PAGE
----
There's been a lot of chat about what AI can do—from image generation to automated social media copy, and then there's the inescapable mantra of "AI is going to take our jobs!" (Spoiler: it won't.) But not many people have bothered to think about what it can't do, or what problems could arise from the technology.
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In Episode 533 of Marketing Smarts featuring Christopher Penn, he and host George B. Thomas kick things off by discussing just that.
"The thing that I am most concerned about with all of the AI models...is that these models are trained on the corpus of human content," Christopher says. "That's how they do the things that they do. That also means that they have inherited all of our biases, all of our prejudices, all of these other things."
That includes the tendency of Open AI to have more a positive association with European American names than African American names, for example.
"Let's say you have a marketing automation system, and you have your first name and last name of your prospect, and you're going to generate some marketing copy semi-automated to send out some stuff," he continues. "What is that model going to do if the prospect's name is Latisha? What is that model going to do if the prospect's name is George? What's the model going to do if the prospect's name is Hiroki?"
It follows, therefore, that a human should always be checking the AI's output for content that is problematic or just plain wrong. Humans are good to have around for things like that.
The bottom line: AI is a tool, not a replacement—and tools are imperfect.
"AI is not going to take your job," Christopher insists. "If you're a B2B marketer, AI is not going to be a B2B marketer. But a B2B marketer who uses AI is going to take the job of a B2B marketer who does not. That is the end of the game."
For the entire discussion, including tips on how to use AI to make your job easier, listen to Episode 533 from the link above, or download the mp3 and listen at your convenience. Of course, you can also subscribe to the Marketing Smarts podcast in iTunes or via RSS and never miss an episode.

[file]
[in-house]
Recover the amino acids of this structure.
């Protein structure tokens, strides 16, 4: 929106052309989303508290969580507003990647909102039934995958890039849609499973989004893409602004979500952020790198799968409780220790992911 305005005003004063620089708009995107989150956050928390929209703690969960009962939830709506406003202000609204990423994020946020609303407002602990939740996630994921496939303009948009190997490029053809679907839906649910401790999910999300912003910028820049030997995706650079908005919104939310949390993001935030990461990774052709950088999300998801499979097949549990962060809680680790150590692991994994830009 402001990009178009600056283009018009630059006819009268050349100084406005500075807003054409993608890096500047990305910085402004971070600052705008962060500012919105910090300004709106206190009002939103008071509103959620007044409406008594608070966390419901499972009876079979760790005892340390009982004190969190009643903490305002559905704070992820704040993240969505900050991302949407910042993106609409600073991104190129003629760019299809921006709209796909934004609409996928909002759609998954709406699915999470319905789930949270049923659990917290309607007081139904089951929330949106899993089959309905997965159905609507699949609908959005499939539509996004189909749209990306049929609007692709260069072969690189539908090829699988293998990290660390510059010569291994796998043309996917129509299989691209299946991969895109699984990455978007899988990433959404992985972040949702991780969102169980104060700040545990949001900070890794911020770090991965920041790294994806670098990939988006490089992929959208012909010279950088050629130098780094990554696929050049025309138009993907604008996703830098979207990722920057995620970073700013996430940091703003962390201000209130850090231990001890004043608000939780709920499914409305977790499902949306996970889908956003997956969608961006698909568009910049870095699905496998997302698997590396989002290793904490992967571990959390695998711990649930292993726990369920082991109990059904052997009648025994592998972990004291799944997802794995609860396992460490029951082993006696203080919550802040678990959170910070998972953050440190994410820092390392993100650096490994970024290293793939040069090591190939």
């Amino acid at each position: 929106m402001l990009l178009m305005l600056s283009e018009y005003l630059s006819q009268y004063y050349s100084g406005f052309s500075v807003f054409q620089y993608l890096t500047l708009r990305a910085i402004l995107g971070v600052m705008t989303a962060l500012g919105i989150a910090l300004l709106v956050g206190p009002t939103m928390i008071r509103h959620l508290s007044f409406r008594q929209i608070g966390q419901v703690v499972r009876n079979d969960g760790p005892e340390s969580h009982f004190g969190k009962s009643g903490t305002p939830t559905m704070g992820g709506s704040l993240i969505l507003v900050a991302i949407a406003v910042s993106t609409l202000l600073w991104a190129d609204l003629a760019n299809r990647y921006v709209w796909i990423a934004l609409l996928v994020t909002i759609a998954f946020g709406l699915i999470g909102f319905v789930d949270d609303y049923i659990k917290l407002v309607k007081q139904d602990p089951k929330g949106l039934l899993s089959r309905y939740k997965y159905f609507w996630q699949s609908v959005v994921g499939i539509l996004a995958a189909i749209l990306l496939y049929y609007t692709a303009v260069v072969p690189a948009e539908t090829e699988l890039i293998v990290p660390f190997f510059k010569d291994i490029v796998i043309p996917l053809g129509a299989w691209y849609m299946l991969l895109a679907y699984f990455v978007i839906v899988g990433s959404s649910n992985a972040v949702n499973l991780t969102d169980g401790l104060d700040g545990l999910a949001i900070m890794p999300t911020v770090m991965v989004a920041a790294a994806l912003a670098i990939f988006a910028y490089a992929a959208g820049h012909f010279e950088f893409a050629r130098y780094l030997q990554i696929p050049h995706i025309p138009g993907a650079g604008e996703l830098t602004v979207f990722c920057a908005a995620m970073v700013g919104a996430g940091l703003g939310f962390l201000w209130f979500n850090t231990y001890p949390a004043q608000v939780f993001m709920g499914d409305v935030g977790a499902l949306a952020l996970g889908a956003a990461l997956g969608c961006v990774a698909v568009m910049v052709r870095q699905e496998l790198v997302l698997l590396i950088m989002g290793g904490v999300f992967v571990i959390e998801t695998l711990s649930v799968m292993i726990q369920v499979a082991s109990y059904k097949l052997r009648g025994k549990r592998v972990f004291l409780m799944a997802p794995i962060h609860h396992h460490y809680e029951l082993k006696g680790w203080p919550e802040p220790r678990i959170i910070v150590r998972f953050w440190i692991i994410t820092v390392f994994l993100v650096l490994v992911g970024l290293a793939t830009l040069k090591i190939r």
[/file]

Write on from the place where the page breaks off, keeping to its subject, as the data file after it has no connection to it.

George B. Thomas: AI is all the rage. I got a chance to sit down with Christopher Penn. Let me just say this. Usually, with these podcast episodes, I have some starting questions that I like to go through and make sure we talk about hurdles, getting started, and all the things that you need to know as a B2B marketer around the topic that we're covering. This interview, not the case. By the first answer to the first question, I knew that the starter questions had to go out the window, so we just went on a journey.
It is a magnificent B2B marketing deep dive journey on most of the things, if not all the things, that you should be thinking about and trying around AI and marketing. Be warned, buckle up, get your notepad and your pen ready, your iPad, chalk and a wall, it doesn't matter, get ready to take some notes, get ready to start playing around with some AI for your B2B marketing.
It's time for the good stuff. Here's the thing. You either saw this title and got super duper excited, as the nerdy marketer you are, or you saw this title and you said, "Oh no, here we go," because sometimes when you think about AI, machine-learning, data science, your brain feels like it's going to explode a little bit. We're going to try to fix that. I'm not alone today, as always, I'm bringing around smart people for the journey that we're making on this Marketing Smarts Podcast episode.
Christopher Penn, how are you doing today?
Christopher Penn: I am doing very well. As of the time we're recording this, I can say happy New Year. When you listen to this, I still wish you happy New Year, whatever year it is.
George: There you go. It could be 2030, but we're still wishing you a happy New Year. I want to dive into this and I want to start where I always like to start. I think especially for this topic there are a lot of places that one could lose some sleep. You personally, what keeps you up at night when you think about B2B marketers, AI, machine-learning, any of these topics, what are you like oh my gosh, I can't sleep, or maybe you cry yourself to sleep, either way?
Christopher: I don't often cry myself to sleep, but I am in my 40s now, so back pain is a thing.
The thing that I am most concerned about with all of the AI models, in particular, there's the generative models that are out there, the things like ChatGPT or Stable Diffusion, is that these models are trained on the corpus of human content. That's how they do the things that they do. That also means that they have inherited all of our biases, all of our prejudices, all of these other things, to the point where there's issues with these things. There's real documented problems. Everybody, but marketers in particular, do not ask the question, "What could go wrong? What could be wrong in this model?"